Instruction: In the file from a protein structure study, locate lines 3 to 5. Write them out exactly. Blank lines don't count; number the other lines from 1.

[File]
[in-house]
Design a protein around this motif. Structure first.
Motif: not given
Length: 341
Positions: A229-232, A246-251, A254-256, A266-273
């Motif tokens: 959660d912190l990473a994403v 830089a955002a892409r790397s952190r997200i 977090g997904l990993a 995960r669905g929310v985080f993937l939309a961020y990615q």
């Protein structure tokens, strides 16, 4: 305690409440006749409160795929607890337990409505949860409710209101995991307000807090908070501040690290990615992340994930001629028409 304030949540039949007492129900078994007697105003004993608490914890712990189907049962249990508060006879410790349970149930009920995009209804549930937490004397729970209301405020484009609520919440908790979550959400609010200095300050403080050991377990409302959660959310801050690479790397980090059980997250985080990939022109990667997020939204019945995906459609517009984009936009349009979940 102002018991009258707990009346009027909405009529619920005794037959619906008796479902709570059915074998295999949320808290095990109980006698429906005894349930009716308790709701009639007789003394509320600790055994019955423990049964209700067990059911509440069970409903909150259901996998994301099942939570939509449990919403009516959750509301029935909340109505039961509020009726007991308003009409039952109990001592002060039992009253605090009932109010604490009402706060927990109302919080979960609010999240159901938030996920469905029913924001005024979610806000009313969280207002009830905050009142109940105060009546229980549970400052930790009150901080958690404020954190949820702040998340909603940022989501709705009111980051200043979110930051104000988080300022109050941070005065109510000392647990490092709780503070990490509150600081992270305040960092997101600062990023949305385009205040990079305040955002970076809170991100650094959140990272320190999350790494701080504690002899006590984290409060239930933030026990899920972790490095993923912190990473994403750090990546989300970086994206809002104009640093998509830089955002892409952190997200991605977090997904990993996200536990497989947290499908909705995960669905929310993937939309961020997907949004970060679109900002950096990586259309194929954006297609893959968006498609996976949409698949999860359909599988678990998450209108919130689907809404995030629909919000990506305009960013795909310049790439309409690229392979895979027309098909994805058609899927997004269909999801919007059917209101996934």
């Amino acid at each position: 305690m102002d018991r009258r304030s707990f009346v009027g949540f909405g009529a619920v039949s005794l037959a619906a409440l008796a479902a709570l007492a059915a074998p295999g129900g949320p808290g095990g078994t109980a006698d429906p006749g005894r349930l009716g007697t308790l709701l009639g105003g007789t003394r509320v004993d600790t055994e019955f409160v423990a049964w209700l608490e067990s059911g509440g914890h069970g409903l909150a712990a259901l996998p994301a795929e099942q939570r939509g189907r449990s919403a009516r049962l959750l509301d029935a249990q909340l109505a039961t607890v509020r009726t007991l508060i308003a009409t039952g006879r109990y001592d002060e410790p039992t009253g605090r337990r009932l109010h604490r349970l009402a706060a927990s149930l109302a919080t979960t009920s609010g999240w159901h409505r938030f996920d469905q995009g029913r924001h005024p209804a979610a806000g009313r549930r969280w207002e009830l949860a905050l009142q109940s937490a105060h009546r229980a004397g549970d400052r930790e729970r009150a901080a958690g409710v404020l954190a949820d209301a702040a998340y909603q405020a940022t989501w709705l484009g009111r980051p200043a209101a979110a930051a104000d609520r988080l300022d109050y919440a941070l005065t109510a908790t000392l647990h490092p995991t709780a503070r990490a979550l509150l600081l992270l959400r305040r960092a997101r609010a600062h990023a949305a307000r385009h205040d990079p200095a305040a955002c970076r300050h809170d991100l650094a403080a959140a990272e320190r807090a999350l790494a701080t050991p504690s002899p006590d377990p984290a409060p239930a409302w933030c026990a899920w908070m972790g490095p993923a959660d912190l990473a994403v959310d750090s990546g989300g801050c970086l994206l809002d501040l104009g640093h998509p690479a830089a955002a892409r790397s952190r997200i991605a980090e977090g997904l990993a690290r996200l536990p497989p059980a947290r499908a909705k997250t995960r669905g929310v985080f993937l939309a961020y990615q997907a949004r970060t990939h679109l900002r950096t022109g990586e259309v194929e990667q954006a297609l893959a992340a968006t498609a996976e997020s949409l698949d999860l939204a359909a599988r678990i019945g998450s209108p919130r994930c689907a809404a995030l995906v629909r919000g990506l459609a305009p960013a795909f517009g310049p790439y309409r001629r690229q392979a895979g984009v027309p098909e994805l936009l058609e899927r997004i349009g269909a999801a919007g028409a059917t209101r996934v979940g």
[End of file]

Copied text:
Motif: not given
Length: 341
Positions: A229-232, A246-251, A254-256, A266-273